Urban Affairs Review is a peer-reviewed, bi-monthly journal focused on questions of politics, governance, and public policy specifically as they relate to cities and/or their regions. Submissions of empirical and comparative research from different scholarly disciplines and methodological perspectives are encouraged. Potential topics include: civic and political engagement; racial and ethnic politics; local and regional institutions; municipal fiscal health; and analyses of urban public policies directed at community development; economic, civic, and environmental sustainability; public education, affordable housing, public transportation, public safety, and physical infrastructure.
Research Publication Formats
Articles provide significant theoretical contributions to important questions of politics, governance, and public policy specifically as they relate to cities and/or their regions. Diverse disciplinary perspectives are encouraged, but submissions should contribute to important literatures in urban politics, institutions, and policies relevant to the research questions. Comparative empirical research is especially welcome, as are submissions from diverse methodological perspectives. Manuscripts submitted as articles should not exceed 12,000 words.
UAR does not publish special issues, but does publish sets of articles as symposia or colloquies. Symposia are sets of 3-5 articles providing greater depth on an important topic of broad interest among urban scholars. UAR symposia generally do not include an introductory article, and each article in the proposed set is assessed independently of the others and as such must provide a sufficient contribution on its own to merit publication. Colloquies are sets of articles featuring an exchange of perspectives about an important topic. Colloquies are typically comprised of an initial essay, followed by 3-5 shorter essays engaging the initial essay, and ending with a short response from the author(s) of the initial essay. Colloquies can be developed around a highly influential book or differing perspectives on an important issue. Proposals for symposia and colloquies should be sent to Jered Carr at email@example.com.
Research notes serve one of two functions. First, it provides a validation of, an addendum to, an extension of, or a refutation of a single point or concept that is established in previous research or significant policy debates. The conclusion and/or discussion section(s) must be sufficiently developed to highlight the importance of the findings and make clear how they should affect future research. Second, it provides a targeted call to other researchers, such as to introduce a new idea or to suggest a new methodology. Both types of research note require only minimal and narrowly targeted reference to the body of research, and no exploration of a broader literature – just enough to point readers to the established research that the note addresses or takes as its point of departure. Manuscripts submitted as research notes should not exceed 6,000 words.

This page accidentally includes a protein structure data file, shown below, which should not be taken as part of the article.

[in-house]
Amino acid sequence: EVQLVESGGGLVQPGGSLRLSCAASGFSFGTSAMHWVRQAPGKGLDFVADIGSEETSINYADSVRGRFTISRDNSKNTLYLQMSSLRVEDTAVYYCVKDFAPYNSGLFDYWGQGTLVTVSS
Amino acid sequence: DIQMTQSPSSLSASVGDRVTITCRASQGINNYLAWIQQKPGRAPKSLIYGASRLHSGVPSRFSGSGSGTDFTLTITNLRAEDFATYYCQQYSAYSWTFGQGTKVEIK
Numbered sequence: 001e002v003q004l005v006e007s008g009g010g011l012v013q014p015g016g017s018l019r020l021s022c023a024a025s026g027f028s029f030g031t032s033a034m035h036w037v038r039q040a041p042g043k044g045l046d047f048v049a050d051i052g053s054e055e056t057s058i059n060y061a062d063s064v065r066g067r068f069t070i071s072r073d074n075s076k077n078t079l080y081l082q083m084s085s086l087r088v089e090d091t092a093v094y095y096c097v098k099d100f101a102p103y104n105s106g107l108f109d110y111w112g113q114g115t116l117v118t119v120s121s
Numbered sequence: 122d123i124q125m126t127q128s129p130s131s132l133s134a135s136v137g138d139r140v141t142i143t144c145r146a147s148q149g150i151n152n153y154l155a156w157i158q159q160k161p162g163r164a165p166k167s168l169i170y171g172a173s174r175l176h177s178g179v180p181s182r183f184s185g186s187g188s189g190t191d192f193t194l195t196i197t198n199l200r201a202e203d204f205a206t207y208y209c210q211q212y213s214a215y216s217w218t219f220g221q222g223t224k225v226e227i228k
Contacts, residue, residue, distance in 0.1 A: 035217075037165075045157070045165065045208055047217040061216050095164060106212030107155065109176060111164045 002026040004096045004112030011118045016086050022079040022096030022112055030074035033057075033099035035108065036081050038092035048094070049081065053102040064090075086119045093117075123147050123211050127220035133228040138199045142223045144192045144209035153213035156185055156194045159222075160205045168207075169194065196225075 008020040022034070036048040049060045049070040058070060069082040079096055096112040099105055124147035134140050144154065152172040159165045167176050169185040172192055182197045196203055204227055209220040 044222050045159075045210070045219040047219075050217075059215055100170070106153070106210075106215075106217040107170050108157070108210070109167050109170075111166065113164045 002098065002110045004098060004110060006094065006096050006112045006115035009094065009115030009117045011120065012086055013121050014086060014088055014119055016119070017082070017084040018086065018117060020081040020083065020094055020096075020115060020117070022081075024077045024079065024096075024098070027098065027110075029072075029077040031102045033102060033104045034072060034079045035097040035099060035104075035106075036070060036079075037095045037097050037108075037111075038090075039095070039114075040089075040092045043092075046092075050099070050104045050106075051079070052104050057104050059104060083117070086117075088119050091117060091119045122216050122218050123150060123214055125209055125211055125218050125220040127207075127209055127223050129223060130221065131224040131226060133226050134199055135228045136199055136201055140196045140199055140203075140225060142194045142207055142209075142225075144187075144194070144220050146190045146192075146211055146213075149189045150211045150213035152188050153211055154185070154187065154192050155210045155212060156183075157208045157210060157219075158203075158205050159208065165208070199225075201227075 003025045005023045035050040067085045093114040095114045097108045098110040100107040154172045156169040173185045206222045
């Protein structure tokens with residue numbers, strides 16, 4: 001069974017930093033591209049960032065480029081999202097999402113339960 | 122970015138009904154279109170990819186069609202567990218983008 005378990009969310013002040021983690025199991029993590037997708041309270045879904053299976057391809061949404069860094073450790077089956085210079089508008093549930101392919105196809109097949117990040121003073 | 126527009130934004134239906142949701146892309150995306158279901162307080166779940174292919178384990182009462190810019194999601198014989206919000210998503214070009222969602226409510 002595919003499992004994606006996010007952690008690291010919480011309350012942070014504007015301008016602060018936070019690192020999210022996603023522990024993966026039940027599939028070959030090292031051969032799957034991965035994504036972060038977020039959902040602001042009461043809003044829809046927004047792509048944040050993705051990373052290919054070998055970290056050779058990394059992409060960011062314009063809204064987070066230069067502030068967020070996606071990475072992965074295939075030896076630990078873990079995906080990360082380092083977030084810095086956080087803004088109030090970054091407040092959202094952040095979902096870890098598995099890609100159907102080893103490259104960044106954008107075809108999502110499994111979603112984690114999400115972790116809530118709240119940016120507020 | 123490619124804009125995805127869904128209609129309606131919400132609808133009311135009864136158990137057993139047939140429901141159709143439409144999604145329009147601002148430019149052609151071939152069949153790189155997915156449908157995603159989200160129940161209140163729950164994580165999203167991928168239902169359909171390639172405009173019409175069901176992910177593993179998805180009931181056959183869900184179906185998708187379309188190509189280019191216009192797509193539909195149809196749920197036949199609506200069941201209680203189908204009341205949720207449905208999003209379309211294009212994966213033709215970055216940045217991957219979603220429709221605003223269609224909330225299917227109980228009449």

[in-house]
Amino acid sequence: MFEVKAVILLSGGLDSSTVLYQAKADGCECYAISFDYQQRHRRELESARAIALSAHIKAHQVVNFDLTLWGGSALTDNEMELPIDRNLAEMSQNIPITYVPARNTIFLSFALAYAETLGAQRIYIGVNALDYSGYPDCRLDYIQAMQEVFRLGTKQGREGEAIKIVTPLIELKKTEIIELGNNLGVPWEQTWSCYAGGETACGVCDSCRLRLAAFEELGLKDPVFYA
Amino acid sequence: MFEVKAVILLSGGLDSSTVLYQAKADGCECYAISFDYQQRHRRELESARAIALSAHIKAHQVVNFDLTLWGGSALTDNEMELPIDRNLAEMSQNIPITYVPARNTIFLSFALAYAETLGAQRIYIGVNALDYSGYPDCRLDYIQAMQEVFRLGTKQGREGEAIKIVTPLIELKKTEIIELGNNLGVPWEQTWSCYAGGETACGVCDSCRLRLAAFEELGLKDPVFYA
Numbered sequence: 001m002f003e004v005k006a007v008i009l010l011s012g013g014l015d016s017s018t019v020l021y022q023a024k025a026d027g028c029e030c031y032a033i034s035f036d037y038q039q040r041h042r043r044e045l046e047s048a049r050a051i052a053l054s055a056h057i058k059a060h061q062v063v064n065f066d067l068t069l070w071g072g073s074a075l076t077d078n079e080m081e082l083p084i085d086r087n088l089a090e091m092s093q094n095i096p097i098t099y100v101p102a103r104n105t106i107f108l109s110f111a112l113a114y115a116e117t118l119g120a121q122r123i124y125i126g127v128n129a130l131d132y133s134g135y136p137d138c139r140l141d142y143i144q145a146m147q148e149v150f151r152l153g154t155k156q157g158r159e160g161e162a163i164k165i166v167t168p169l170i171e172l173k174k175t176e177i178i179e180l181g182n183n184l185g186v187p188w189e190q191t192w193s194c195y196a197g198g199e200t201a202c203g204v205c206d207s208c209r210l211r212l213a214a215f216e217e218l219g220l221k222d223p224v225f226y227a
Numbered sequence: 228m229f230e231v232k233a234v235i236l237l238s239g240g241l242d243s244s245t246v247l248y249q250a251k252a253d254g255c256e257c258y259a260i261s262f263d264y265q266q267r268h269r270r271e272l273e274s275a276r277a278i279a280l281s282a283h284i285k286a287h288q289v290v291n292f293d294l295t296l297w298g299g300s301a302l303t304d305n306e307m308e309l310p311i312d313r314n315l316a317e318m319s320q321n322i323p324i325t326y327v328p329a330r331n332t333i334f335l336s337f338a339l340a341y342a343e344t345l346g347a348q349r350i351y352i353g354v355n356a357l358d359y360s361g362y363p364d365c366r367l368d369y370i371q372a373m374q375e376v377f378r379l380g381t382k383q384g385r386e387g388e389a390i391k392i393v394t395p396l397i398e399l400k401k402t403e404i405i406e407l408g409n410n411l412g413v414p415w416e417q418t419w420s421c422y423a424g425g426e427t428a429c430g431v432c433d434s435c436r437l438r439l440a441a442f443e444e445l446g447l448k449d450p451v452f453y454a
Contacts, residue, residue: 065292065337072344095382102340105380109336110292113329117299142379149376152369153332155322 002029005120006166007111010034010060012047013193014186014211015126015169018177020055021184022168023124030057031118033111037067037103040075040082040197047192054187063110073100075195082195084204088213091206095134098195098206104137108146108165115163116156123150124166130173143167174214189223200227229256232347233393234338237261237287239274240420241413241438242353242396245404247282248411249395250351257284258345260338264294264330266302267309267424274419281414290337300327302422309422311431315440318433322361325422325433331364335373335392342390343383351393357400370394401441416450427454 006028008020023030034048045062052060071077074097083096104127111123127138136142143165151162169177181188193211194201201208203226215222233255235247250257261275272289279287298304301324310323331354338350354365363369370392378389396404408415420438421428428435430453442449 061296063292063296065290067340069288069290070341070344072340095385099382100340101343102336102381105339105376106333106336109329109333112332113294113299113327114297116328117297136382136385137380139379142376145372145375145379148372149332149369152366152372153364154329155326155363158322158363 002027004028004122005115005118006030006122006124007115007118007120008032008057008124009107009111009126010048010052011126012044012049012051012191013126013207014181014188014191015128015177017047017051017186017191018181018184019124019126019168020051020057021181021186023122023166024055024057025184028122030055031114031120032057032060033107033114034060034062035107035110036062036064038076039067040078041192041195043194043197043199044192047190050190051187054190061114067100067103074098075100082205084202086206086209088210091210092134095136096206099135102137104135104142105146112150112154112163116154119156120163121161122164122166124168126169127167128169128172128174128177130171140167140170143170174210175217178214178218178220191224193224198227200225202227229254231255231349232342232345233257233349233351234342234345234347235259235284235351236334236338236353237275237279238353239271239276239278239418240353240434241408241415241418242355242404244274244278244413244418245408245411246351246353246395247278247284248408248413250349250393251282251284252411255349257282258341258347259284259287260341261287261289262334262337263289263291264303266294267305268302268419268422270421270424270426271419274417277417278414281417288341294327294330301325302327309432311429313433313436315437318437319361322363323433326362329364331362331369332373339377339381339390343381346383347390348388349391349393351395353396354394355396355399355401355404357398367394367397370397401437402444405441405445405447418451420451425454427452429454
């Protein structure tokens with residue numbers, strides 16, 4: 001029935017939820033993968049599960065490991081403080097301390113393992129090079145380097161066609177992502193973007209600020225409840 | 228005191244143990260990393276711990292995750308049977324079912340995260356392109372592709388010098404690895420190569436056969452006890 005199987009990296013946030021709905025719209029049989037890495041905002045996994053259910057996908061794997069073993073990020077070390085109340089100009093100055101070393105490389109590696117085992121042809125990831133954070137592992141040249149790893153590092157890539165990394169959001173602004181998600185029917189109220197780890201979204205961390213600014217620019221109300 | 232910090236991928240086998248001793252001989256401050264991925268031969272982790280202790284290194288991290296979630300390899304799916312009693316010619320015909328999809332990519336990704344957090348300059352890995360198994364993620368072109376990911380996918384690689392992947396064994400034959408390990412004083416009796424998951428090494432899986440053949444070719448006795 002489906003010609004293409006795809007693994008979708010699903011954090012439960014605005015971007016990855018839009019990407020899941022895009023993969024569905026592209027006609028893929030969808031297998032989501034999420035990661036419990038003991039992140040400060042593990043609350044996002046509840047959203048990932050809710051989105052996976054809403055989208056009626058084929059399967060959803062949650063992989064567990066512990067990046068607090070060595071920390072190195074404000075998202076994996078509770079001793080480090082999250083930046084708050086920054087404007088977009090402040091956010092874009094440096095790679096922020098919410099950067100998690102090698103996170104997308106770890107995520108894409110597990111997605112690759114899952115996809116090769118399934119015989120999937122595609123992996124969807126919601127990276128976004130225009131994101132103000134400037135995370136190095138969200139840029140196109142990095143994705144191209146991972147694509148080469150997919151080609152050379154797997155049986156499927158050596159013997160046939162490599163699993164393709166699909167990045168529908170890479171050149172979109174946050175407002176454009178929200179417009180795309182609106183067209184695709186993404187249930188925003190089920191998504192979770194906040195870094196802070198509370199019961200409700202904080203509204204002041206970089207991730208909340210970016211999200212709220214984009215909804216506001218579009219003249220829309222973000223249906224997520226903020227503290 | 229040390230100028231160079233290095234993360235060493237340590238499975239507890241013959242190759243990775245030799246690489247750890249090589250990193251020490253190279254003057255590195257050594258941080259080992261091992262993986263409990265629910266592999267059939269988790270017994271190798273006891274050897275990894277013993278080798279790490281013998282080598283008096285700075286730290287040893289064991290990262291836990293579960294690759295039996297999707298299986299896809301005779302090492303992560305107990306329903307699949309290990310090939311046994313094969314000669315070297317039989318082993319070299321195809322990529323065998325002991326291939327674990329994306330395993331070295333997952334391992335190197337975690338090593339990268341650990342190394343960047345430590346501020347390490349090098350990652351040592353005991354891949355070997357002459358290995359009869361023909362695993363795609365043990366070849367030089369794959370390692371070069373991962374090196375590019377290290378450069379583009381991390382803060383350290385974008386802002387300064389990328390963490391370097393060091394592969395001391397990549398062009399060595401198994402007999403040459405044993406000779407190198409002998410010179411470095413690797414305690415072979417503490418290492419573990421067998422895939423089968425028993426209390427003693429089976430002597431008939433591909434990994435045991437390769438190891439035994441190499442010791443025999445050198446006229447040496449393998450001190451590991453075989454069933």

Research syntheses serve several different purposes, including critically assessing a body of theory or empirical research, articulating what is known about a phenomenon and ways to advance research about it, and identifying influential variables and effect sizes associated with an existing body of empirical research. The research synthesis should include a systematic and reproducible search strategy and articulate clear criteria for inclusion of studies in the analysis. Meta-analyses that statistically combine studies to determine an overall effect or effect size of one variable on another are welcome, as are research syntheses that do not use formal meta-analytic methods. Manuscripts submitted as research syntheses should not exceed 12,000 words.
Book Review Essay
Book review essays are short scholarly pieces that compare and contrast the contributions of the multiple books (or selected portions of the books) under review. These essays identify key themes or critical issues across the set of books, position key contributions within larger bodies of literature, and assess the impact of each book to understanding the overarching topic or topic areas. Book review essays are not a compilation of multiple book reviews. Their purpose is not to provide a thorough content description and book review essays need not consider each of the subject books completely or equally. Manuscripts submitted as book review essays should not exceed 6,000 words. Proposals for book review essays should be sent to Jered Carr at firstname.lastname@example.org.
UAR publishes reviews of individual books on the Urban Affairs Forum.
The journal is a member of the Committee on Publication Ethics (COPE).
Urban Affairs Review is published by SAGE. The full text of all our articles can be found at our SAGE website.
Editors-in-Chief of the Urban Affairs Review 1965-Present
Marilyn J. Gittell (1965-1970)
Peter Bouxsein (1970-1973)
Louis H. Masotti (1974-1980)
Albert Hunter and Robert L. Lineberry (1980-1981)
Margaret T. Gordon, Albert Hunter and Robert L. Lineberry (1981-1982)
Margaret T. Gordon and Albert Hunter (1982-1984)
Albert Hunter (1984-1985)
Dennis R. Judd and Donald Phares (1985-1992)
Dennis R. Judd (1992-2002)
Susan E. Clarke, Gary L. Gaile and Michael A. Pagano (2002-2009)
Susan E. Clarke and Michael A. Pagano (2009-2013)
Peter Burns, Jered B. Carr, Annette Steinacker, and Antonio Tavares (2014-2018)
Peter Burns, Jered B. Carr, Jill Tao, and Antonio Tavares (2018-2019)
Phil Ashton, Peter Burns, Jered B. Carr, Joshua Drucker, and Yue Zhang (2020-Present)